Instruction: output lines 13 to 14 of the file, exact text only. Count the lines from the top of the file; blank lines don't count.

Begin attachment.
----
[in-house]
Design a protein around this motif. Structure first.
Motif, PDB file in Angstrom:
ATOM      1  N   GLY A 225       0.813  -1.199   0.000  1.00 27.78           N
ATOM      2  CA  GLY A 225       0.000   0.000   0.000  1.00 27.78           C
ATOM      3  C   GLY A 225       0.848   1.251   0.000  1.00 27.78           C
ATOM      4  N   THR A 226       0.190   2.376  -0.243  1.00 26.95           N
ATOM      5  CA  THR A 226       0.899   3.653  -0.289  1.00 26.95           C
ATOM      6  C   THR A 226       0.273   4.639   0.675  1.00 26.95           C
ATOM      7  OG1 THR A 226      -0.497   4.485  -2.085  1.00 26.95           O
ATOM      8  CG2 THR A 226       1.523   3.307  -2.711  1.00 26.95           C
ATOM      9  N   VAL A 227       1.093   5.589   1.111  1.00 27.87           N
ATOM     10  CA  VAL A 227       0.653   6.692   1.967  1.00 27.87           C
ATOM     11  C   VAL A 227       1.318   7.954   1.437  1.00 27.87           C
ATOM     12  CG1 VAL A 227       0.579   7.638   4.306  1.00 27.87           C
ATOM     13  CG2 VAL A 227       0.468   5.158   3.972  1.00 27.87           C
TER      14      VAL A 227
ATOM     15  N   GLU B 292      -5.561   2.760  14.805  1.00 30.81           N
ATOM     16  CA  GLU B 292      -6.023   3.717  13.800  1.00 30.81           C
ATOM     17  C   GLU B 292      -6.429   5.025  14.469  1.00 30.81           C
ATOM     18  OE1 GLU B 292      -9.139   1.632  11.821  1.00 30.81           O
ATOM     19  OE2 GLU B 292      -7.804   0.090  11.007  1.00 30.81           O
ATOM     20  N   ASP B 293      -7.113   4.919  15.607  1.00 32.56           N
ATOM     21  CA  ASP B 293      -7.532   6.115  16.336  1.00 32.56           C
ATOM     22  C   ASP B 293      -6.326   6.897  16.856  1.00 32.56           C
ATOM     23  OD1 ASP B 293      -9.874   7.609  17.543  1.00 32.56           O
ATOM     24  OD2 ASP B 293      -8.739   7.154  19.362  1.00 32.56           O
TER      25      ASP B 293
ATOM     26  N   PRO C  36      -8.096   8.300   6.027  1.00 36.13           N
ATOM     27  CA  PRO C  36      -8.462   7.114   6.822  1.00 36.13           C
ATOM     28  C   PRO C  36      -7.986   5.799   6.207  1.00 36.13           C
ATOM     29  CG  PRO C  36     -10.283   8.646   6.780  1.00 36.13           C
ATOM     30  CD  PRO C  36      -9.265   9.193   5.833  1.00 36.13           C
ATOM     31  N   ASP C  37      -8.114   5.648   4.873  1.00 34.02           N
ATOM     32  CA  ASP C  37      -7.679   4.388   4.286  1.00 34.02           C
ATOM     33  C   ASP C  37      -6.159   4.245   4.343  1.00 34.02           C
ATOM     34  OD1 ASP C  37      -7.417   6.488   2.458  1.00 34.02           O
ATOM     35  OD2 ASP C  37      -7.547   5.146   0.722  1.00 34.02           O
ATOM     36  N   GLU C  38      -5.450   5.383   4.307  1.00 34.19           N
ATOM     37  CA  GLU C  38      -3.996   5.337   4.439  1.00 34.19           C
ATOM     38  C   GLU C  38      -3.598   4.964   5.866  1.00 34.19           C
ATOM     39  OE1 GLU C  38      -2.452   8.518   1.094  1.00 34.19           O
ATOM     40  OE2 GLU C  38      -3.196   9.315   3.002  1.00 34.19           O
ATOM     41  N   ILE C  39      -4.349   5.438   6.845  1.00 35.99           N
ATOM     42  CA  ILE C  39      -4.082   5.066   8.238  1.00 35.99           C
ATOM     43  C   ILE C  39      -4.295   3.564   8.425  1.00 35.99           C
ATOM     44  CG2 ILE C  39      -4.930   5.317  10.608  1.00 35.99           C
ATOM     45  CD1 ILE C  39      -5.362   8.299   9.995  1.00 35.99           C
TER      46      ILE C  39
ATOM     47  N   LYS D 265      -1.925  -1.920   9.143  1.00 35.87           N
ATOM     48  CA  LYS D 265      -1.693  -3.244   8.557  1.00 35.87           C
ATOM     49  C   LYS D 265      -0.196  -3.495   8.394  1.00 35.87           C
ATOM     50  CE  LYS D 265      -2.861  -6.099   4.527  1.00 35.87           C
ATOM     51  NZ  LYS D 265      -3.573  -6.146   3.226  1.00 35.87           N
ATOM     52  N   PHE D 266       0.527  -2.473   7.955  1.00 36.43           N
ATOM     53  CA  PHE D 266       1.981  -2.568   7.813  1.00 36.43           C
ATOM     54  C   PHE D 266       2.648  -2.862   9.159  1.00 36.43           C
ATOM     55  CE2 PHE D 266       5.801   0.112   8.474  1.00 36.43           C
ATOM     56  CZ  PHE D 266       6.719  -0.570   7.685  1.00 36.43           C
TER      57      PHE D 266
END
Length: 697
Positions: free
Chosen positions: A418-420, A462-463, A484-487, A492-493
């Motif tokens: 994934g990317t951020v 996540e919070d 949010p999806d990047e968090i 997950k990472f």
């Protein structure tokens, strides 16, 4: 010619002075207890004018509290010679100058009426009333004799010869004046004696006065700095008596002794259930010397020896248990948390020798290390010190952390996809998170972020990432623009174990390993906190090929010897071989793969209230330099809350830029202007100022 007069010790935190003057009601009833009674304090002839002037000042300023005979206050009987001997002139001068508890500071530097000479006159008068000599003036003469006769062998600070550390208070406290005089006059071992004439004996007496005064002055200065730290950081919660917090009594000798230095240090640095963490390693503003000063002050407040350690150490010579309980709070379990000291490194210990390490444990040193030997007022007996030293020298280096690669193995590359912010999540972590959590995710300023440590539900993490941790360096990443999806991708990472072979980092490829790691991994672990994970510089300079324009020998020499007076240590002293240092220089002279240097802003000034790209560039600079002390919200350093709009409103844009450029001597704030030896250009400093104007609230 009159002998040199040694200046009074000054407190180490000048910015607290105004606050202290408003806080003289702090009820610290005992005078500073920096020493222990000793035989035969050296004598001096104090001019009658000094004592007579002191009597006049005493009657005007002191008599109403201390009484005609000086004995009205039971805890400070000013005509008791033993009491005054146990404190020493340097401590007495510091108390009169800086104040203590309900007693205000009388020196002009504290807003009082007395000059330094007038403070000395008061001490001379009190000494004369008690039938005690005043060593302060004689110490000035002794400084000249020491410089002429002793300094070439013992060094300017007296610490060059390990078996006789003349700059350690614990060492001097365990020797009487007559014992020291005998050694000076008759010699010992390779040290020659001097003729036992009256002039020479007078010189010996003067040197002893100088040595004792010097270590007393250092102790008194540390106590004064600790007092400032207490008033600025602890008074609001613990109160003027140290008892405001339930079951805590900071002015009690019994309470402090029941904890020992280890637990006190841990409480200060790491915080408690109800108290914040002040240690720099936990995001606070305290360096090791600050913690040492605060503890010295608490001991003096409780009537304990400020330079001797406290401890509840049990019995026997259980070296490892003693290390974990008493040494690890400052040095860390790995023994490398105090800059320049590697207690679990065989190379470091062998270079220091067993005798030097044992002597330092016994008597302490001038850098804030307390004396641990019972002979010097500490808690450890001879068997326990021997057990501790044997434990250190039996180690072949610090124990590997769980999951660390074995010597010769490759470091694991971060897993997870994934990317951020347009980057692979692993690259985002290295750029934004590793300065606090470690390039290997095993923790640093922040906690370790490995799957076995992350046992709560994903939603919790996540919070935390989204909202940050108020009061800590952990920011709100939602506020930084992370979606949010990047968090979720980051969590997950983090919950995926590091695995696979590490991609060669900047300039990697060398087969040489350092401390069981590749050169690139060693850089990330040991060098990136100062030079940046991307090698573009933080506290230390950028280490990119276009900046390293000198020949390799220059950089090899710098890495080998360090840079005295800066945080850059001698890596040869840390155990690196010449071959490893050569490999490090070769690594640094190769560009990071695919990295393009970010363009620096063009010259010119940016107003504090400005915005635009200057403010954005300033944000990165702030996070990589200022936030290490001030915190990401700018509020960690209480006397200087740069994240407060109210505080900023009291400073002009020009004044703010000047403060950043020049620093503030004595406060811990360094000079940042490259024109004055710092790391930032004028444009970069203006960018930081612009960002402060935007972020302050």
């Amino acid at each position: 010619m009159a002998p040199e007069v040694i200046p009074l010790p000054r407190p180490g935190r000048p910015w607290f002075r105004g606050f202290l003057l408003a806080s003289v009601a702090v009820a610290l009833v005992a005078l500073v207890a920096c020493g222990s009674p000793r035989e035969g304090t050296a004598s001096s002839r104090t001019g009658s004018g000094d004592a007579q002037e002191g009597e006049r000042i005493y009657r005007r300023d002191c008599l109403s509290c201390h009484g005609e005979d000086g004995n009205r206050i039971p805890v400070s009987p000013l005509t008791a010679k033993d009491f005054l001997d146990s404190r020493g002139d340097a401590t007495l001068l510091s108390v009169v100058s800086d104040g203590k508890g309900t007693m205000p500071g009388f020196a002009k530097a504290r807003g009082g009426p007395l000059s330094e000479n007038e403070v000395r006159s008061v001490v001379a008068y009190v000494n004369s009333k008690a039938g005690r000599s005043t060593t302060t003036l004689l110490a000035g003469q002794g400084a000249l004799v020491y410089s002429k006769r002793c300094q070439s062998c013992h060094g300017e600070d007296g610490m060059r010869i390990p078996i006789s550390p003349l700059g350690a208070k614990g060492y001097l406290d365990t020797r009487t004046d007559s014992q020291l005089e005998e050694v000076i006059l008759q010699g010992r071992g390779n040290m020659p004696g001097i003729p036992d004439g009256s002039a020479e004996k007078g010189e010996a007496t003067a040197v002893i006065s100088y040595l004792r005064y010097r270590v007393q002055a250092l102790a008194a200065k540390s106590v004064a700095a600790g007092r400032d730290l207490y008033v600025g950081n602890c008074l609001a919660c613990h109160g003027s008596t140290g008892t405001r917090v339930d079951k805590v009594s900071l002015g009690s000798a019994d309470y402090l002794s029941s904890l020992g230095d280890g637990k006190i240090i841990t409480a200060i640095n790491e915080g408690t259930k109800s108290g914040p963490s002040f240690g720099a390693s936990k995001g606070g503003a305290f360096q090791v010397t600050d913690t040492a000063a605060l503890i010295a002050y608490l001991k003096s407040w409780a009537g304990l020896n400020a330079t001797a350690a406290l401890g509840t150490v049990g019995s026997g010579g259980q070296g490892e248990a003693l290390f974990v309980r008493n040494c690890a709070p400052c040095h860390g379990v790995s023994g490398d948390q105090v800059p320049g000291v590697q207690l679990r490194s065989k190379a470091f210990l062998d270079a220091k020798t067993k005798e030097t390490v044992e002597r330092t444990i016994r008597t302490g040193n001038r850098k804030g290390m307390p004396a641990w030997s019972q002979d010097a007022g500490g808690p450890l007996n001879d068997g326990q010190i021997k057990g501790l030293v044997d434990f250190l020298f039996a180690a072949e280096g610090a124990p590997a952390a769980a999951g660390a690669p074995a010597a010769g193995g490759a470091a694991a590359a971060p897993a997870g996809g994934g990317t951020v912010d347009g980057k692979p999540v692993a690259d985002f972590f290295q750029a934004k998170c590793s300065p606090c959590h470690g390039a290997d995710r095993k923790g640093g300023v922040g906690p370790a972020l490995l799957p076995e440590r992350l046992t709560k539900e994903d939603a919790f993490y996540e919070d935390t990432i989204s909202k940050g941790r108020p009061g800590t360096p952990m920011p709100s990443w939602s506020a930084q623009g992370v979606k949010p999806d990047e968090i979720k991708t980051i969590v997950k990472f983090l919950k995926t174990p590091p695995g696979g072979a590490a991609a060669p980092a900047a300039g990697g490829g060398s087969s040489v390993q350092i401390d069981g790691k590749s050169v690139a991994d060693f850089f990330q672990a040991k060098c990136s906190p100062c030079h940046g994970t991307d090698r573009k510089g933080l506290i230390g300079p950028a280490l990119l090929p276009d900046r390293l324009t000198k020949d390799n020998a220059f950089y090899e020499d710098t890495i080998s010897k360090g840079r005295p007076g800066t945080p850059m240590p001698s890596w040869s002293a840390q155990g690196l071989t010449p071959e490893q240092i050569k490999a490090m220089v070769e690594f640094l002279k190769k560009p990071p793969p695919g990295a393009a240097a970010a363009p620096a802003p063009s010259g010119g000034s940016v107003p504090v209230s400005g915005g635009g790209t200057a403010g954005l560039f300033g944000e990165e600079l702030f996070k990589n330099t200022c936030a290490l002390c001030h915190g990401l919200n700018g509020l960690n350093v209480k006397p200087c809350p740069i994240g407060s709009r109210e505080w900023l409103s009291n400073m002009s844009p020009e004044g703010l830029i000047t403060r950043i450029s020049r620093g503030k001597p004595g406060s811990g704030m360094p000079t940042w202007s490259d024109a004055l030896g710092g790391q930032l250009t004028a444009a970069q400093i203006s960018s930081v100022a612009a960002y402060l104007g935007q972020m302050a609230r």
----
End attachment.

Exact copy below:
ATOM     10  CA  VAL A 227       0.653   6.692   1.967  1.00 27.87           C
ATOM     11  C   VAL A 227       1.318   7.954   1.437  1.00 27.87           C